Disney’s latest quarterly earnings report was a blockbuster. The big piece of news was that Disney DTC finally surpassed Netflix in subscriber count. They now have about 221 million streaming subscribers. If you’ve been following our research for a while, you’ll recall that the thrust of our recent Disney thesis update was Disney’s streaming business – DTC (direct to consumer). We either factored in very little growth in the other business segments or outright declines. Here’s a picture from our May 2022 thesis update of “what we believe can easily happen” in less than 5 years:

In the latest earnings call, Disney’s management gave us some more detailed color on their expectations of the streaming business. Here’s what they said:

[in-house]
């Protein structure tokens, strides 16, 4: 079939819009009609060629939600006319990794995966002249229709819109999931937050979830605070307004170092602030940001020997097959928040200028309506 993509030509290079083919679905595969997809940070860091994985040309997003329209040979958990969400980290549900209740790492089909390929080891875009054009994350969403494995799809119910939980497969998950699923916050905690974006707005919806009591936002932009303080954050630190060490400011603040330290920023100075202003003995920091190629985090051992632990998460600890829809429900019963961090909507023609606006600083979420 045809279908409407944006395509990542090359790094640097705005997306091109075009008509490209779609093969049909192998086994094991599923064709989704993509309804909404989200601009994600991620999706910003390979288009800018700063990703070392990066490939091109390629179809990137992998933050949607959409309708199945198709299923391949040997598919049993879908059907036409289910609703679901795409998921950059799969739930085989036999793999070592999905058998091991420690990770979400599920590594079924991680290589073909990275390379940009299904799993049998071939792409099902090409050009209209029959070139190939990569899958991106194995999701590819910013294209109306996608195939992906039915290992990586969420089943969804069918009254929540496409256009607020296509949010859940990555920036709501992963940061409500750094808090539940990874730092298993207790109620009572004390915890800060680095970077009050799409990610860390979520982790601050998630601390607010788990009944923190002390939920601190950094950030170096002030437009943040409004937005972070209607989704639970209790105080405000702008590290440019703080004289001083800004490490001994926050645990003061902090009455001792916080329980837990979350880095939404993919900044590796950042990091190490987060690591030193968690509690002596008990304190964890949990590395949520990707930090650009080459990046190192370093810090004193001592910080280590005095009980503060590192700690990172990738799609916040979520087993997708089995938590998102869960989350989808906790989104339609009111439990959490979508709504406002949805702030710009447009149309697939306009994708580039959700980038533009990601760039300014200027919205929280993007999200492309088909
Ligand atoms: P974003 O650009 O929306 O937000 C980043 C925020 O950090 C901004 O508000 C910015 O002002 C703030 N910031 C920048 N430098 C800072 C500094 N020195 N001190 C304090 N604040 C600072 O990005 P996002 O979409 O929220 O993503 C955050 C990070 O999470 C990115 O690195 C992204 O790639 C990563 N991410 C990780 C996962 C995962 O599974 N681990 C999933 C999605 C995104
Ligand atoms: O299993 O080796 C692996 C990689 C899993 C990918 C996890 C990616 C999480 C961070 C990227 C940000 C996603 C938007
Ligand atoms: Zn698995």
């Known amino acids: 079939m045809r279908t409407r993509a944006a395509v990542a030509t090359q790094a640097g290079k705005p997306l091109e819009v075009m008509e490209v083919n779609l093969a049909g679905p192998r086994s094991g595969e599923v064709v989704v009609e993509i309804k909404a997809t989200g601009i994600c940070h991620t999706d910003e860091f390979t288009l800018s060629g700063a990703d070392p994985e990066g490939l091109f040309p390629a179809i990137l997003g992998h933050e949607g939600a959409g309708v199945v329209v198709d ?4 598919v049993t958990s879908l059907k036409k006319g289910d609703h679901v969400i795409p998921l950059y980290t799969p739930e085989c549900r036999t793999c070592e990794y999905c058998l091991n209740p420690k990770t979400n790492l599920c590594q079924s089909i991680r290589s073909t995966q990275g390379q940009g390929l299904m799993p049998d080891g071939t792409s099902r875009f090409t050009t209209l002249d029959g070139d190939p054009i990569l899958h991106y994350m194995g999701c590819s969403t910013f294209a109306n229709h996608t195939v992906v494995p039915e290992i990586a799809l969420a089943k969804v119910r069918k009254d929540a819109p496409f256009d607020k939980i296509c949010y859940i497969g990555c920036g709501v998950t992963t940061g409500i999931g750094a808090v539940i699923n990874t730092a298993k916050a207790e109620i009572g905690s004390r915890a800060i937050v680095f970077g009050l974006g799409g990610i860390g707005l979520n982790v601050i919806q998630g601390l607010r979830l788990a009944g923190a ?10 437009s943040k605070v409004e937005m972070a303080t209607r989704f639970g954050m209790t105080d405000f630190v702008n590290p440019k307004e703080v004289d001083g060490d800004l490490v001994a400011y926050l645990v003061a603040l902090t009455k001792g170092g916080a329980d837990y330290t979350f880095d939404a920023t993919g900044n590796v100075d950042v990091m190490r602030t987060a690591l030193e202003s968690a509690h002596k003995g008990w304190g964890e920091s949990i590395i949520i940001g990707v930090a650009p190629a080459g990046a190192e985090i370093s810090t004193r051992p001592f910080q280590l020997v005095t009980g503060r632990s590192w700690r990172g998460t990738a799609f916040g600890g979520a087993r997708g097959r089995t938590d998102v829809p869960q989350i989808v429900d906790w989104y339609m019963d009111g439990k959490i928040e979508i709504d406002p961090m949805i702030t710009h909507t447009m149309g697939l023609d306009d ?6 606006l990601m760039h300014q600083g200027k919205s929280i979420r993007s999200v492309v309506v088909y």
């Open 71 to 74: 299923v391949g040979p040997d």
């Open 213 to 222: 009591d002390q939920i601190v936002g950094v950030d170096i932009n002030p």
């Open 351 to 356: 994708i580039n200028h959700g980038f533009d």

1. Core Disney+ subscriber count will end up at 135-165 million by Fiscal Year 2024
  2. Disney+ Hotstar subscriber count will end up at around 80 million by Fiscal Year 2024

If we take the midpoint of that guidance, the total Disney+ subscriber base should reach around 230 million by fiscal year 2024. Add that to whatever Hulu and ESPN+ will be by then, the total Disney DTC subscriber count should be well above 300 million. Management says Disney+ will be profitable by then.

In our thesis, we estimated that a total Disney DTC subscriber count of 400 million is a rationally exuberant expectation. If that happens, Disney stock is still underpriced by the market. So far, so good.